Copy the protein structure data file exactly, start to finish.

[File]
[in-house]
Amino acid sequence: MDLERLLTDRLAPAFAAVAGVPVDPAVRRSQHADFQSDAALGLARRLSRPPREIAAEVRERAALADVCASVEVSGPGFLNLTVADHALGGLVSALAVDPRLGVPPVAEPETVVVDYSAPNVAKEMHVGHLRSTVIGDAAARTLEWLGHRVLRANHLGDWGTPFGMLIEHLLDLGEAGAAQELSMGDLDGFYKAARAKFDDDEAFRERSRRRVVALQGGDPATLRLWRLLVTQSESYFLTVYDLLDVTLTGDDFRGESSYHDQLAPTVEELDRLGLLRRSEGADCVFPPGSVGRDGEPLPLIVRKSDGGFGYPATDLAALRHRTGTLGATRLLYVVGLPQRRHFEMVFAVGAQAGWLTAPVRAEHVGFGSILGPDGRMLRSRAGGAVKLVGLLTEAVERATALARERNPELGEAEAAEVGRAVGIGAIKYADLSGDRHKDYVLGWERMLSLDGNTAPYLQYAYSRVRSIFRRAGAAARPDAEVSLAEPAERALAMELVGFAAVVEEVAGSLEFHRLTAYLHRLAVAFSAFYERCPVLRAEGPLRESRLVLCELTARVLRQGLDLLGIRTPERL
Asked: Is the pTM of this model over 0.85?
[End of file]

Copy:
[in-house]
Amino acid sequence: MDLERLLTDRLAPAFAAVAGVPVDPAVRRSQHADFQSDAALGLARRLSRPPREIAAEVRERAALADVCASVEVSGPGFLNLTVADHALGGLVSALAVDPRLGVPPVAEPETVVVDYSAPNVAKEMHVGHLRSTVIGDAAARTLEWLGHRVLRANHLGDWGTPFGMLIEHLLDLGEAGAAQELSMGDLDGFYKAARAKFDDDEAFRERSRRRVVALQGGDPATLRLWRLLVTQSESYFLTVYDLLDVTLTGDDFRGESSYHDQLAPTVEELDRLGLLRRSEGADCVFPPGSVGRDGEPLPLIVRKSDGGFGYPATDLAALRHRTGTLGATRLLYVVGLPQRRHFEMVFAVGAQAGWLTAPVRAEHVGFGSILGPDGRMLRSRAGGAVKLVGLLTEAVERATALARERNPELGEAEAAEVGRAVGIGAIKYADLSGDRHKDYVLGWERMLSLDGNTAPYLQYAYSRVRSIFRRAGAAARPDAEVSLAEPAERALAMELVGFAAVVEEVAGSLEFHRLTAYLHRLAVAFSAFYERCPVLRAEGPLRESRLVLCELTARVLRQGLDLLGIRTPERL
Asked: Is the pTM of this model over 0.85?